I had a long day at work but because I made a large batch of congee yesterday, I was able to put on Snoopy in Space as soon as I got home and work on getting this blog setup. It runs on Ghost — a version of the blogging software that is much more advanced than the last time I used it. And yes, once again, I’ll eventually move all of my old posts over to this blog.

Edit: I moved to WordPress instead. Something about not being able to do indented Markdown lists and also no POST endpoints for API fun.

Click thru for the full thread!

I’m not entirely sure what I’ll write about. I really just know I want to write again. A lot has happened since my last post, especially professionally — I now have a much healthier relationship with my job! And I know that over time, I’ll find my voice again. In the meantime, you’ll just have to get used to me figuring out how to use words again.

2019, here we are

Today In-Summary

Today I accomplished:

More about that fried rice…

The other day I purposefully made more rice than I could eat so I’d have leftovers for fried rice. My mom also made a ham for Christmas and gave me some of it, so I used that for my protein and practiced my knife skills cutting it up. The veggies were frozen. I used soy sauce and oyster sauce and even threw in some butter as advised on “Basics with Babish” (still used a wok, though!). I even thought about how the salts and fats came together in this dish — that’s about all I know since I’m still in the middle of Salt, Fat, Acid, Heat.

More Generally

It’s 2019. I was thinking about how the year change is arbitrary, but having the time to reflect is still real. Because of Christmas, we’re encouraged to take time off and regroup. I was also reading about the history of the weekend and in summary I just want to say that even though the year-change is arbitrary, the desire to improve is continuous and the act of talking about it now is coincidental.

During my senior year, I set some goals for myself that I wanted to accomplish. I remember how useful it was to frame that year’s projects and reflect on what I was doing. I hope to do something similar this year with completing my thesis, working as a developer, and being healthier with what I eat and how active I become.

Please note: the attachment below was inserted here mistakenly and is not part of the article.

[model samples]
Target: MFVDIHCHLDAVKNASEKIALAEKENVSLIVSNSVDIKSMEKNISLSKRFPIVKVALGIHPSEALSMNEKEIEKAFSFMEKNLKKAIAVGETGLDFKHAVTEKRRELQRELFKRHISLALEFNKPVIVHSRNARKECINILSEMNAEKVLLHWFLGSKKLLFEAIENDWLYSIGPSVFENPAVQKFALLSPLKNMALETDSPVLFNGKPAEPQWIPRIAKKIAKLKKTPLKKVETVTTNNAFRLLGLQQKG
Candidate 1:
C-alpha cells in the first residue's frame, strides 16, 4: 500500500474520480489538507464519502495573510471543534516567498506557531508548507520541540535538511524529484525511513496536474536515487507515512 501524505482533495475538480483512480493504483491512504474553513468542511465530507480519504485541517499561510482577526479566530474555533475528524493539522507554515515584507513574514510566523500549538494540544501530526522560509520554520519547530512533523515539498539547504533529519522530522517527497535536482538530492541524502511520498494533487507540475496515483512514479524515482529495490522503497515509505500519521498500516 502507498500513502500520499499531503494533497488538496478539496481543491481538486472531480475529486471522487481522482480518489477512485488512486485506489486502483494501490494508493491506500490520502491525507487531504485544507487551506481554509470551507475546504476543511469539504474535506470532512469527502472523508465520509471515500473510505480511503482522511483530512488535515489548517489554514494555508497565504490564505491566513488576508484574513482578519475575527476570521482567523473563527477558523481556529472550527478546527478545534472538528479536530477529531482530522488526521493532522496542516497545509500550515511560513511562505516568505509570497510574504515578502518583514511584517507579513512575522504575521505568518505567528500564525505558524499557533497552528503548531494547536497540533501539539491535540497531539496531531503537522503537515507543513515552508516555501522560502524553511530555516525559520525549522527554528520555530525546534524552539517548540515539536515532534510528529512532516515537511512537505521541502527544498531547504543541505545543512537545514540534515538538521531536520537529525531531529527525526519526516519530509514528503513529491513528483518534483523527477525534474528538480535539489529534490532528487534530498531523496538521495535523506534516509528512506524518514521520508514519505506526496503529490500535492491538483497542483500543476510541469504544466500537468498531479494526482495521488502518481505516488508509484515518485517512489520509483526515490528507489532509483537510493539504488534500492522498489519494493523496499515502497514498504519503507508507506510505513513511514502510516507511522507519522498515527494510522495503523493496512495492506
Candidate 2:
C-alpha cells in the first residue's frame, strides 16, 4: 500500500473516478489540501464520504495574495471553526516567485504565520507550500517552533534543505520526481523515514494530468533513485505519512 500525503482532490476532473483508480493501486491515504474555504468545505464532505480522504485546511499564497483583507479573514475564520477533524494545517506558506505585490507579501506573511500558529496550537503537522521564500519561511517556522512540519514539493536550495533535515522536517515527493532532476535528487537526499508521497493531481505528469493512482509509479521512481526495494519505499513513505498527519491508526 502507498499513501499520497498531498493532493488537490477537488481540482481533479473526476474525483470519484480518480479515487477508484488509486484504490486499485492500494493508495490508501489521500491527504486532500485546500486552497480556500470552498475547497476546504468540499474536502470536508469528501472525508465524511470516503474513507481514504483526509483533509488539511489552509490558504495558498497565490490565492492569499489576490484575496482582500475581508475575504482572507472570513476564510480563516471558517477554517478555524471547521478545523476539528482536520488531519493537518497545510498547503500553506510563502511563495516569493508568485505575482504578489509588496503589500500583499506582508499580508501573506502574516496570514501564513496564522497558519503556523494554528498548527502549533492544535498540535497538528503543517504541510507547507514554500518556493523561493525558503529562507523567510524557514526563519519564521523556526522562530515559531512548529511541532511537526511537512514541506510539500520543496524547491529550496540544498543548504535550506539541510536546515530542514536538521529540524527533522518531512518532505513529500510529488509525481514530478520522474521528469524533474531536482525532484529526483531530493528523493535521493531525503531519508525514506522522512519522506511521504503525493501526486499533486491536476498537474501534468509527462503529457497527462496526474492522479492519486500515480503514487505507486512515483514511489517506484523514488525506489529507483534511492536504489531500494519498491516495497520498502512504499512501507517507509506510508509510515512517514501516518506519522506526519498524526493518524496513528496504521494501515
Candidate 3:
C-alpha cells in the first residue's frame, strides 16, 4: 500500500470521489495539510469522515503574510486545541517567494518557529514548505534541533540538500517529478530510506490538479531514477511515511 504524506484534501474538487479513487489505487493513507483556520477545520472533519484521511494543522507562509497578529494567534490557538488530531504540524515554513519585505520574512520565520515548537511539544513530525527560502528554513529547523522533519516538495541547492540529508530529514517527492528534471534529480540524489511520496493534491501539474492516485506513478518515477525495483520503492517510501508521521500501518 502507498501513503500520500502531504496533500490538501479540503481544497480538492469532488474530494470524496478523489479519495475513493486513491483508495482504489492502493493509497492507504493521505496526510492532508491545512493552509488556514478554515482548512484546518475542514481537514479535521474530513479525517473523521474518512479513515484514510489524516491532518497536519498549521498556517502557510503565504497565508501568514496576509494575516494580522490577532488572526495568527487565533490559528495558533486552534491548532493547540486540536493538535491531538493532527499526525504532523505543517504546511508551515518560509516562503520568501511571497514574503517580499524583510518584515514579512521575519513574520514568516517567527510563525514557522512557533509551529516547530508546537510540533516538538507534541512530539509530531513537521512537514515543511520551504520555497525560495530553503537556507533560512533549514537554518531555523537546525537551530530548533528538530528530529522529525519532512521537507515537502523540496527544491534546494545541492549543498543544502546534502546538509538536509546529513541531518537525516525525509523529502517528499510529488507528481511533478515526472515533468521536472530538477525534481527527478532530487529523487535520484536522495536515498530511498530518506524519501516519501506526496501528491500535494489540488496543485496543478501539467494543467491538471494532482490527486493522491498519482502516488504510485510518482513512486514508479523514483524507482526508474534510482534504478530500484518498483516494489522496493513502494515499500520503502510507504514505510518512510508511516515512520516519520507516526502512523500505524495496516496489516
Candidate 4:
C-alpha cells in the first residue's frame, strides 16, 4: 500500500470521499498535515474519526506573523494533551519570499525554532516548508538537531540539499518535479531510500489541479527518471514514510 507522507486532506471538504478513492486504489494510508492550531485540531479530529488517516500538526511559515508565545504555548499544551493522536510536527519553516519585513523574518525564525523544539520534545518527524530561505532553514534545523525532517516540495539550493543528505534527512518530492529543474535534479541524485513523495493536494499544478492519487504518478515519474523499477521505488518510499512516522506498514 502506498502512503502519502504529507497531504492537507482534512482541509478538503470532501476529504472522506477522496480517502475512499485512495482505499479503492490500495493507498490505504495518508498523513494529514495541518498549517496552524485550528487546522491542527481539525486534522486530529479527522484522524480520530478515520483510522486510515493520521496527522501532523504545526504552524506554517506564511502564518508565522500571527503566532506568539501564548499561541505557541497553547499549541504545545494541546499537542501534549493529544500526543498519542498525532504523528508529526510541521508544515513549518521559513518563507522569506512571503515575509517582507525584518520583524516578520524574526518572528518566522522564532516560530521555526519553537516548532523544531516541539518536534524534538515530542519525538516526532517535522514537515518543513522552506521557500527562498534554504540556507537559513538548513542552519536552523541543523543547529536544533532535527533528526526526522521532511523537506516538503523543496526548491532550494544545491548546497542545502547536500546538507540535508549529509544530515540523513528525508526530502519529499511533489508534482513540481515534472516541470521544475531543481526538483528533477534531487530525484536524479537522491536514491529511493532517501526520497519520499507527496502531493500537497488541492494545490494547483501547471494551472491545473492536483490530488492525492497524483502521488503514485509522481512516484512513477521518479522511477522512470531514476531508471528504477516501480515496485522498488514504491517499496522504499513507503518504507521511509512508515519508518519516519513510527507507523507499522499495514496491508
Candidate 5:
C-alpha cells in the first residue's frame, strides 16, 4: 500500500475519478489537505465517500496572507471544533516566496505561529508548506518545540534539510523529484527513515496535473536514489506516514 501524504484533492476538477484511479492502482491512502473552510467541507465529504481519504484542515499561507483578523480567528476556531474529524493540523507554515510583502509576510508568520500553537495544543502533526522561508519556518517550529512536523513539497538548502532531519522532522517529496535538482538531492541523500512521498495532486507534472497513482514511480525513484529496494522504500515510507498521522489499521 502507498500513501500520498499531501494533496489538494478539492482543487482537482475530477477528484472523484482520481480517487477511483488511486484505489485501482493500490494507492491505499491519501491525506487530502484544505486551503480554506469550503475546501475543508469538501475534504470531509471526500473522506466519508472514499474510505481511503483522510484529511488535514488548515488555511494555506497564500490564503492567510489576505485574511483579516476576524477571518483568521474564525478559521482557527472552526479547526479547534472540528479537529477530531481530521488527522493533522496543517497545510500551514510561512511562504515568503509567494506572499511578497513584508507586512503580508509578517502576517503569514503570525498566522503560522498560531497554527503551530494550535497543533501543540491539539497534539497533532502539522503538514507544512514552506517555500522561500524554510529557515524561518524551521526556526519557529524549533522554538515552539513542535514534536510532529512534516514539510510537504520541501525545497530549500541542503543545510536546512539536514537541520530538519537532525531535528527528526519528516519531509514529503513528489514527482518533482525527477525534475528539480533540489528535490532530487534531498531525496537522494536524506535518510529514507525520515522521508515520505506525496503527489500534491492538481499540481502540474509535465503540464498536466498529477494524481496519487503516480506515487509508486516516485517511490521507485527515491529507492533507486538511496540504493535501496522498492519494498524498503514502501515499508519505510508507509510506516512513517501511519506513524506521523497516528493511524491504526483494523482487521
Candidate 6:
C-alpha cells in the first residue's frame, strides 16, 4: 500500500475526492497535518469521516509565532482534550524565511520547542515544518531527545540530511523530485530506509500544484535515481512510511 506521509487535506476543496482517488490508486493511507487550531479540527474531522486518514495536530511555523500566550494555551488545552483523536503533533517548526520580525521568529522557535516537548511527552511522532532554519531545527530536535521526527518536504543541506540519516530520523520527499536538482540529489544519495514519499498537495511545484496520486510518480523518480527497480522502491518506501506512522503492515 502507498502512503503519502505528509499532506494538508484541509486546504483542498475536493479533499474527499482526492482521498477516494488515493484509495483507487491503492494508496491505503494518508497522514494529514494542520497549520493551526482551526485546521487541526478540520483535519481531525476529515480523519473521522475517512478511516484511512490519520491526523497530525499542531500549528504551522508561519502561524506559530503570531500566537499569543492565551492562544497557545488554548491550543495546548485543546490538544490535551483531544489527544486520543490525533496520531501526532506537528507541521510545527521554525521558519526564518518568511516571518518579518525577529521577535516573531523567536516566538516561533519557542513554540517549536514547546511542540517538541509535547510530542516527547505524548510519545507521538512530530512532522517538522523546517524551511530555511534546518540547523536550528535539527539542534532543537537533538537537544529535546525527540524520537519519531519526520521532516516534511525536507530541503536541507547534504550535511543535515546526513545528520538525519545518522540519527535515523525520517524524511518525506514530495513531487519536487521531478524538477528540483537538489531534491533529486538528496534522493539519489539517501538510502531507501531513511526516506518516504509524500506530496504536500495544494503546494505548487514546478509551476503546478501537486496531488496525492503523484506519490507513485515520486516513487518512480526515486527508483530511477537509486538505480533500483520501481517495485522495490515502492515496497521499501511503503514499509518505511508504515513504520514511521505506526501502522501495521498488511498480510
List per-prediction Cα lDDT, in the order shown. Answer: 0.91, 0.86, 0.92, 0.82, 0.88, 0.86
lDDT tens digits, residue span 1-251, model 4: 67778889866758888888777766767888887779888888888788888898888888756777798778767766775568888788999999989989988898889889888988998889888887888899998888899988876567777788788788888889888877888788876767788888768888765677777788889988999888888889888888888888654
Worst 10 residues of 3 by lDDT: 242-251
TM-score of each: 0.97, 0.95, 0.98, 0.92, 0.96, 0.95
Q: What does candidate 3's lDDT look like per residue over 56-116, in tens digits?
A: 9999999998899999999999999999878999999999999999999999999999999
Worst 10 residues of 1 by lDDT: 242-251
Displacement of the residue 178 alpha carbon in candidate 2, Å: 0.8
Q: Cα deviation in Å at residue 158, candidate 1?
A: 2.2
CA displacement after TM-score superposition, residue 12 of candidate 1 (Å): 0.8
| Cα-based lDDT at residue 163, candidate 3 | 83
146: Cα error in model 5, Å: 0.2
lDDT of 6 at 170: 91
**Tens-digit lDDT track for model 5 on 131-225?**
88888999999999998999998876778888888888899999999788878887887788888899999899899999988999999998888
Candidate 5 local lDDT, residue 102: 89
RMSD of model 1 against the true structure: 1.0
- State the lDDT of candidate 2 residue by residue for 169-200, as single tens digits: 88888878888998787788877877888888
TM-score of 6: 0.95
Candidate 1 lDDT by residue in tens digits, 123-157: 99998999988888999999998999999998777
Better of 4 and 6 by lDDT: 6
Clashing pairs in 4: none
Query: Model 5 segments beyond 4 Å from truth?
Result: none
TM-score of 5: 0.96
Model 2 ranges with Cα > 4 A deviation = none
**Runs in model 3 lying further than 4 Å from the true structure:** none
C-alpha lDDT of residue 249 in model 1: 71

Tool Boxes

Photo by s w on Unsplash

I like to tell people to develop skills like they would add tools to a tool box. I think I first came across this metaphor as a musician and it made perfect sense: learn scales, rhythmic exercises, excerpts from different composers — combine in different ways later on when you encounter something new. Rinse and repeat.

And it applies to what I do now with software too. Except… I’m just not applying it. I’m not thinking about it in the same way that I would with music, which I approach very theoretically and like a puzzle. You would think that kind of thinking would be obvious with programming for machines, but I’ve been a bit stressed out. And when I’m stressed out, I stop trying to add new tools — I instead rely on the ones I have, and even then only the very familiar ones.

I thought of this again today with cooking. I was using my rice cooker and only now decided to measure out the amount of rice I was going to use. I used to do this when I would measure out rice when living with my family! But I lost my dad and with that stress I forgot how to cook. And it’s only until today I realized I could gain that tool back, measuring rice.

Going back to music, I want to reflect on how I succeeded reasonably well without practicing. And it’s because I created a bunch of tools and I became intimate with how they worked. Then when I was stressed out playing (which was, admittedly, most of the time) I’d still know how to use those tools.

It’s also worth noting that because I had those tools, I was also less stressed out about what I was playing. The same goes for cooking. The same goes for coding. And the same goes for whatever it is you’re trying to do. If you can develop an intimacy and familiarity with the tools of your craft, you’ll be able to wield them that much better when you’re under a lot of pressure and stress.